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GeoDa: An Introduction to Spatial Data Analysis Luc Anselin, Ibnu Syabri and Youngihn Kho Spatial Analysis Laboratory Department of Agricultural and Consumer Economics University of Illinois, Urbana-Champaign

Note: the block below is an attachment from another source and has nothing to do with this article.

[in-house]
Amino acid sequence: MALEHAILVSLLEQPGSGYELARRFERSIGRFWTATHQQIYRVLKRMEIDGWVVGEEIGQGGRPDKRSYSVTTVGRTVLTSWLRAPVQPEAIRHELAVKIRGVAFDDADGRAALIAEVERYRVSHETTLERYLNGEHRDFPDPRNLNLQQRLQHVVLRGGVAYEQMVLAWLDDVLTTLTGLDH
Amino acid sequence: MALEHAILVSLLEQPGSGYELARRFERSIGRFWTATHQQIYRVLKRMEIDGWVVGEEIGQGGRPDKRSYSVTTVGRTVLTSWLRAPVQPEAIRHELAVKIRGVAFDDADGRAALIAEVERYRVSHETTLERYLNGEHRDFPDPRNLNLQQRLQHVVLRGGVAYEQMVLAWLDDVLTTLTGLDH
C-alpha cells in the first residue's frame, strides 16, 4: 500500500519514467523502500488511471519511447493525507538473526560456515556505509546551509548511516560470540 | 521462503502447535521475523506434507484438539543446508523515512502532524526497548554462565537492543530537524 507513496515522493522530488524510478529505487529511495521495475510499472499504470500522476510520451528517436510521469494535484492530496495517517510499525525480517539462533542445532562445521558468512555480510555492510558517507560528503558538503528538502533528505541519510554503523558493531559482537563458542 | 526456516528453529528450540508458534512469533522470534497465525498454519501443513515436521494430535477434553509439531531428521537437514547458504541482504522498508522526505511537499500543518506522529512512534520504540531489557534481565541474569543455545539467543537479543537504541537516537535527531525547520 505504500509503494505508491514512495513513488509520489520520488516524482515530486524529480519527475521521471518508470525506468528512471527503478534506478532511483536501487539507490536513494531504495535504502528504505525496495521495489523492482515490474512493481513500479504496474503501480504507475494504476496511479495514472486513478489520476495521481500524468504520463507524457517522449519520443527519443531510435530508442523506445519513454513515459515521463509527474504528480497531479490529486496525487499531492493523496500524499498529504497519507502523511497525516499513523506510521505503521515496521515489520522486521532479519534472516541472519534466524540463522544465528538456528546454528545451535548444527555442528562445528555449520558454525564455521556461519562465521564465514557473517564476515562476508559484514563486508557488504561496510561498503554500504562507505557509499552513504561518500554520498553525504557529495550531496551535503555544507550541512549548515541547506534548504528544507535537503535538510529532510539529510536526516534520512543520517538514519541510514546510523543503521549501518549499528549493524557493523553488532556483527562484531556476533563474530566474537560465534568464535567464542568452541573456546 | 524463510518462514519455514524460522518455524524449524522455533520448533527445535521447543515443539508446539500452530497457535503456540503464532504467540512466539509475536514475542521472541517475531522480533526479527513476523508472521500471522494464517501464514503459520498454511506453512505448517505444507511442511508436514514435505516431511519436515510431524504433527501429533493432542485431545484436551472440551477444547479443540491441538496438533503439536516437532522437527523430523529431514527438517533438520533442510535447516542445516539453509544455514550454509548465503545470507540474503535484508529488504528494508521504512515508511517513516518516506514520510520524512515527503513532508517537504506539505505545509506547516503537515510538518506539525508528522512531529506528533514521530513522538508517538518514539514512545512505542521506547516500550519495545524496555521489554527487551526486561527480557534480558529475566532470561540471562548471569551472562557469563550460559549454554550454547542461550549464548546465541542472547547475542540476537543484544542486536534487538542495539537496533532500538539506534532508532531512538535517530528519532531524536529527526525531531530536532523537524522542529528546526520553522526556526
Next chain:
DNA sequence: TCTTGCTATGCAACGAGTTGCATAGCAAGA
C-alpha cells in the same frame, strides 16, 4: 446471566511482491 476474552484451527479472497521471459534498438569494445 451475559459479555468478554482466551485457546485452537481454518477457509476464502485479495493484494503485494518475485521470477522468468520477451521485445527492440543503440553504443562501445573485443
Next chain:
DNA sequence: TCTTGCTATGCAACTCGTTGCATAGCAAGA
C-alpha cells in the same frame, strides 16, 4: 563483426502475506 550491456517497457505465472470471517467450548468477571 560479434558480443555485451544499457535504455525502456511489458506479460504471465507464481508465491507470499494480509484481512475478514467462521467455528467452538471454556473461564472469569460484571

GeoDa: An Introduction to Spatial Data Analysis Luc Anselin, Ibnu Syabri and Youngihn Kho Spatial Analysis Laboratory Department of Agricultural and Consumer Economics University of Illinois, Urbana-Champaign Urbana, IL USA May 5, 2004 Abstract This paper presents an overview of GeoDa TM, a free software program intended to serve as a user-friendly and graphical introduction to spatial analysis for non-gis specialists. It includes functionality ranging from simple mapping to exploratory data analysis, the visualization of global and local spatial autocorrelation, and spatial regression. A key feature of GeoDa is an interactive environment that combines maps with statistical graphics, using the technology of dynamically linked windows. A brief review of the software design is given, as well as some illustrative examples that highlight distinctive features of the program in applications dealing with public health, economic development, real estate analysis and criminology. Key Words: geovisualization, exploratory spatial data analysis, spatial outliers, smoothing, spatial autocorrelation, spatial regression. 1 Introduction The development of specialized software for spatial data analysis has seen rapid growth since the lack of such tools was lamented in the late 1980s by Haining This research was supported in part by US National Science Foundation Grant BCS , to the Center for Spatially Integrated Social Science (csiss) and by grant RO1 CA from the National Cancer Institute. In addition, this research was made possible in part through a Cooperative Agreement between the Center for Disease Control and Prevention (CDC) and the Association of Teachers of Preventive Medicine (ATPM), award number TS The contents of the paper are the responsibility of the authors and do not necessarily reflect the official views of NSF, NCI, the CDC or ATPM. Special thanks go to Oleg Smirnov for his assistance with the implementation of the spatial regression routines, and to Julie Le Gallo and Julia Koschinsky for preparing, respectively, the data set for the European convergence study and for the Seattle house prices.geoda TM is a trademark of Luc Anselin. GeoDa 2 (1989) and cited as a major impediment to the adoption and use of spatial statistics by GIS researchers. Initially, attention tended to focus on conceptual issues, such as how to integrate spatial statistical methods and a GIS environment (loosely vs. tightly coupled, embedded vs. modular, etc.), and which techniques would be most fruitfully included in such a framework. Familiar reviews of these issues are represented in, among others, Anselin and Getis (1992), Goodchild et al. (1992), Fischer and Nijkamp (1993), Fotheringham and Rogerson (1993, 1994), Fischer et al. (1996), and Fischer and Getis (1997). Today, the situation is quite different, and a fairly substantial collection of spatial data analysis software is readily available, ranging from niche programs, customized scripts and extensions for commercial statistical and GIS packages, to a burgeoning open source effort using software environments such as R, Java and Python. This is exemplified by the growing contents of the software tools clearing house maintained by the U.S.-based Center for Spatially Integrated Social Science (CSISS). 1 CSISS was established in 1999 as a research infrastructure project funded by the U.S. National Science Foundation in order to promote a spatial analytical perspective in the social sciences (Goodchild et al. 2000). It was readily recognized that a major instrument in disseminating and facilitating spatial data analysis would be an easy to use, visual and interactive software package, aimed at the non-gis user and requiring as little as possible in terms of other software (such as GIS or statistical packages). GeoDa is the outcome of this effort. It is envisaged as an introduction to spatial data analysis where the latter is taken to consist of visualization, exploration and explanation of interesting patterns in geographic data. The main objective of the software is to provide the user with a natural path through an empirical spatial data analysis exercise, starting with simple mapping and geovisualization, moving on to exploration, spatial autocorrelation analysis, and ending up with spatial regression. In many respects, GeoDa is a reinvention of the original SpaceStat package (Anselin 1992), which by now has become quite dated, with only a rudimentary user interface, an antiquated architecture and performance constraints for medium and large data sets. The software was redesigned and rewritten from scratch, around the central concept of dynamically linked graphics. This means that different views of the data are represented as graphs, maps or tables with selected observations in one highlighted in all. In that respect, GeoDa is similar to a number of other modern spatial data analysis software tools, although it is quite distinct in its combination of user friendliness with an extensive range of incorporated methods. A few illustrative comparisons will help clarify its position in the current spatial analysis software landscape. In terms of the range of spatial statistical techniques included, GeoDa is most alike to the collection of functions developed in the open source R environment. For example, descriptive spatial autocorrelation measures, rate smoothing and spatial regression are included in the spdep package, as described by Bivand and 1 See GeoDa 3 Gebhardt (2000), Bivand (2002a,b), and Bivand and Portnov (2004). In contrast to R, GeoDa is completely driven by a point and click interface and does not require any programming. It also has more extensive mapping capability (still somewhat experimental in R) and full linking and brushing in dynamic graphics, which is currently not possible in R due to limitations in its architecture. On the other hand, GeoDa is not (yet) customizable or extensible by the user, which is one of the strengths of the R environment. In that sense, the two are seen as highly complementary, ideally with more sophisticated users graduating to R after being introduced to the techniques in GeoDa. 2 The use of dynamic linking and brushing as a central organizing technique for data visualization has a strong tradition in exploratory data analysis (EDA), going back to the notion of linked scatterplot brushing (Stuetzle 1987), and various methods for dynamic graphics outlined in Cleveland and McGill (1988). In geographical analysis, the concept of geographic brushing was introduced by Monmonier (1989) and made operational in the Spider/Regard toolboxes of Haslett, Unwin and associates (Haslett et al. 1990, Unwin 1994). Several modern toolkits for exploratory spatial data analysis (ESDA) also incorporate dynamic linking, and, to a lesser extent, brushing. Some of these rely on interaction with a GIS for the map component, such as the linked frameworks combining XGobi or XploRe with ArcView (Cook et al. 1996, 1997, Symanzik et al. 2000), the SAGE toolbox, which uses ArcInfo (Wise et al. 2001), and the DynESDA extension for ArcView (Anselin 2000), GeoDa s immediate predecessor. Linking in these implementations is constrained by the architecture of the GIS, which limits the linking process to a single map (in GeoDa, there is no limit on the number of linked maps). In this respect, GeoDa is similar to other freestanding modern implementations of ESDA, such as the cartographic data visualizer, or cdv (Dykes 1997), GeoVISTA Studio (Takatsuka and Gahegan 2002) and STARS (Rey and Janikas 2004). These all include functionality for dynamic linking, and to a lesser extent, brushing. They are built in open source programming environments, such as Tkl/Tk (cdv), Java (GeoVISTA Studio) or Python (STARS) and thus easily extensible and customizable. In contrast, GeoDa is (still) a closed box, but of these packages it provides the most extensive and flexible form of dynamic linking and brushing for both graphs and maps. Common spatial autocorrelation statistics, such as Moran s I and even the Local Moran are increasingly part of spatial analysis software, ranging from CrimeStat (Levine 2004), to the spdep and DCluster packages available on the open source Comprehensive R Archive Network (CRAN), 3 as well as commercial packages, such as the spatial statistics toolbox of the forthcoming release of ArcGIS 9.0 (ESRI 2004). However, at this point in time, none of these include the range and ease of construction of spatial weights, or the capacity to carry out sensitivity analysis and visualization of these statistics contained in GeoDa. Apart from the R spdep package, Geoda is the only one to contain functionality 2 Note that the CSISS spatial tools project is an active participant in the development of spatial data analysis methods in R, see, e.g., 3 GeoDa 4 for spatial regression modeling among the software mentioned here. A prototype version of the software (known as DynESDA) has been in limited circulation since early 2001 (Anselin et al. 2002a,b), but the first official release of a beta version of GeoDa occurred on February 5, The program is available for free and can be downloaded from the CSISS software tools web site ( main.php).the most recent version, i, was released in January The software has been well received for both teaching and research use and has a rapidly growing body of users. For example, after slightly more than a year since the initial release (i.e., as of the end of April 2004), the number of registered users exceeds 1,800, while increasing at a rate of about 150 new users per month. In the remainder of the paper, we first outline the design and briefly review the overall functionality of GeoDa. This is followed by a series of illustrative examples, highlighting features of the mapping and geovisualization capabilities, exploration in multivariate EDA, spatial autocorrelation analysis, and spatial regression. The paper closes with some comments regarding future directions in the development of the software. 2 Design and Functionality The design of GeoDa consists of an interactive environment that combines maps with statistical graphs, using the technology of dynamically linked windows. It is geared to the analysis of discrete geospatial data, i.e., objects characterized by their location in space either as points (point coordinates) or polygons (polygon boundary coordinates). The current version adheres to ESRI s shape file as the standard for storing spatial information. It contains functionality to read and write such files, as well as to convert ascii text input files for point coordinates or boundary file coordinates to the shape file format. It uses ESRI s MapObjects LT2 technology for spatial data access, mapping and querying. The analytical functionality is implemented in a modular fashion, as a collection of C++ classes with associated methods. In broad terms, the functionality can be classified into six categories: spatial data manipulation and utilities: data input, output, and conversion data transformation: variable transformations and creation of new variables mapping: choropleth maps, cartogram and map animation EDA: statistical graphics spatial autocorrelation: global and local spatial autocorrelation statistics, with inference and visualization spatial regression: diagnostics and maximum likelihood estimation of linear spatial regression models GeoDa 5 The full set of functions is listed in Table 1 and is documented in detail in the GeoDa User s Guides (Anselin 2003, 2004). 4 The software implementation consists of two important components: the user interface and graphics windows on the one hand, and the computational engine on the other hand. In the current version, all graphic windows are based on Microsoft Foundation Classes (MFC) and thus are limited to MS Windows platforms. 5 In contrast, the computational engine (including statistical operations, randomization, and spatial regression) is pure C++ code and largely cross platform. The bulk of the graphical interface implements five basic classes of windows: histogram, box plot, scatter plot (including the Moran scatter plot), map and grid (for the table selection and calculations). The choropleth maps, including the significance and cluster maps for the local indicators of spatial autocorrelation (LISA) are derived from MapObjects classes. Three additional types of maps were developed from scratch and do not use MapObjects: the map movie (map animation), the cartogram, and the conditional maps. The three dimensional scatter plot is implemented with the OpenGL library. The functionality of GeoDa is invoked either through menu items or directly by clicking toolbar buttons, as illustrated in Figure 1. A number of specific applications are highlighted in the following sections, focusing on some distinctive features of the software. Figure 1: The opening screen with menu items and toolbar buttons 4 A Quicktime movie with a demonstration of the main features can be found at 5 Ongoing development concerns the porting of all MFC based classes to a cross-platform architecture, using wxwindows. See also Section 7. GeoDa 6 Table 1: GeoDa Functionality Overview Category Functions Spatial Data data input from shape file (point, polygon) data input from text (to point or polygon shape) data output to text (data or shape file) create grid polygon shape file from text input centroid computation Thiessen polygons Data Transformation variable transformation (log, exp, etc.) queries, dummy variables (regime variables) variable algebra (addition, multiplication, etc.) spatial lag variable construction rate calculation and rate smoothing data table join Mapping generic quantile choropleth map standard deviational map percentile map outlier map (box map) circular cartogram map movie conditional maps smoothed rate map (EB, spatial smoother) excess rate map (standardized mortality rate, SMR) EDA histogram box plot scatter plot parallel coordinate plot three-dimensional scatter plot conditional plot (histogram, box plot, scatter plot) Spatial Autocorrelation spatial weights creation (rook, queen, distance, k-nearest) higher order spatial weights spatial weights characteristics (connectedness histogram) Moran scatterplot with inference bivariate Moran scatterplot with inference Moran scatterplot for rates (EB standardization) Local Moran significance map Local Moran cluster map bivariate Local Moran Local Moran for rates (EB standardization) Spatial Regression OLS with diagnostics (e.g., LM test, Moran s I) Maximum Likelihood spatial lag model Maximum Likelihood spatial error model predicted value map residual map GeoDa 7 3 Mapping and Geovisualization The bulk of the mapping and geovisualization functionality consists of a collection of specialized choropleth maps, focused on highlighting outliers in the data, so-called box maps (Anselin 1999). In addition, considerable capability is included to deal with the intrinsic variance instability of rates, in the form of empirical Bayes (EB) or spatial smoothers. 6 As mentioned in Section 2, the mapping operations use the classes contained in ESRI s MapObjects, extended with the capability for linking and brushing. GeoDa also includes a circular cartogram, 7 map animation in the form of a map movie, and conditional maps. The latter are nine micro choropleth maps constructed by conditioning on three intervals for two conditioning variables, using the principles outlined in Becker et al. (1996) and Carr et al. (2002). 8 In contrast to the traditional choropleth maps, the cartogram, map movie and conditional maps do not use MapObjects classes, and were developed from scratch. We illustrate the rate smoothing procedure, outlier maps and linking operations. The objective in this analysis is to identify locations that have elevated mortality rates and to assess the sensitivity of the designation as outlier to the effect of rate smoothing. Using data on prostate cancer mortality in 156 counties contained in the Appalachian Cancer Network (ACN), for the period , we construct a box map by specifying the number of deaths as the numerator and the population as the denominator. 9 The resulting map for the crude rates (i.e., without any adjustments for differing age distributions or other relevant factors) is shown as the upper-left panel in Figure 2. Three counties are identified as outliers and shown in dark red. 10 These match the outliers selected in the box plot in the lower-left panel of the figure. The linking of all maps and graphs results in those counties also being cross-hatched on the maps. The upper-right panel in the Figure represents a smoothed rate map, where the rates were transformed by means of an Empirical Bayes procedure to remove the effect of the varying population at risk. As a result, the original outliers are no longer, but a different county is identified as having elevated risk. Also, a lower outlier is found as well, shown as dark blue in the box map. 11 Note that the upper outlier is barely distinguishable, due to the small area of the county in question. This is a common problem when working with admininistrative units. In order to remove the potentially misleading effect of area on the perception of interesting patterns, a circular cartogram is shown in the lower-right panel 6 The EB procedure is due to Clayton and Kaldor (1987), see also Marshall (1991) and Bailey and Gatrell (1995), pp For an alternative recent software implementation, see Anselin et al. (2004). Spatial smoothing is discussed at length in Kafadar (1996). 7 The cartogram is constructed using the non-linear cellular automata algorithm due to Dorling (1996). 8 The conditional maps are part of a larger set of conditional plots, which includes histograms, box plots and scatter plots. 9 Data obtained from the the National Cancer Institute SEER site (Surveillance, Epidemiology and End Results), 10 The respective counties are Cumberland, KY, Pocahontas, WV, and Forest, PA. 11 The new upper outlier is Ohio county, WV, the lower outlier is Centre county, PA. GeoDa 8 of Figure 2, where the area of the circles is proportional to the value of the EB smoothed rate. The upper outlier is shown as a red circle, the lower outlier as a blue circle. The yellow circles are the counties that were outliers in the crude rate map, highlighted here as a result of linking with the other maps and graphs. 12 Figure 2: Linked box maps, box plot and cartogram, raw and smoothed prostate cancer mortality rates. 4 Multivariate EDA Multivariate exploratory data analysis is implemented in GeoDa through linking and brushing between a collection of statistical graphs. These include the usual histogram, box plot and scatter plot, but also a parallel coordinate plot (PCP) and three-dimensional scatter plot, as well as conditional plots (conditional histogram, box plot and scatter plot). We illustrate some of this functionality with an exploration of the relationships between economic growth and initial development, typical of the recent spatial regional convergence literature (for an overview, see Rey 2004). We use economic data over the period for 145 European regions, most of 12 Note that the outliers identified may be misleading since the rate analyzed is not adjusted for differences in age distribution. In other words, the outliers shown may simply be counties with a larger proportion of older males. A much more detailed analysis is necessary before any policy conclusions may be drawn. GeoDa 9 them at the NUTS II level of spatial aggregation, except for a few at the NUTS I level (for Luxembourg and the United Kingdom). 13 Figure 3: Multivariate exploratory data analysis with linking and brushing. Figure 3 illustrates the various linked plots and map. The left-hand panel contains a simple percentile map (GDP per capital in 1989), and a threedimensional scatter plot (for the percent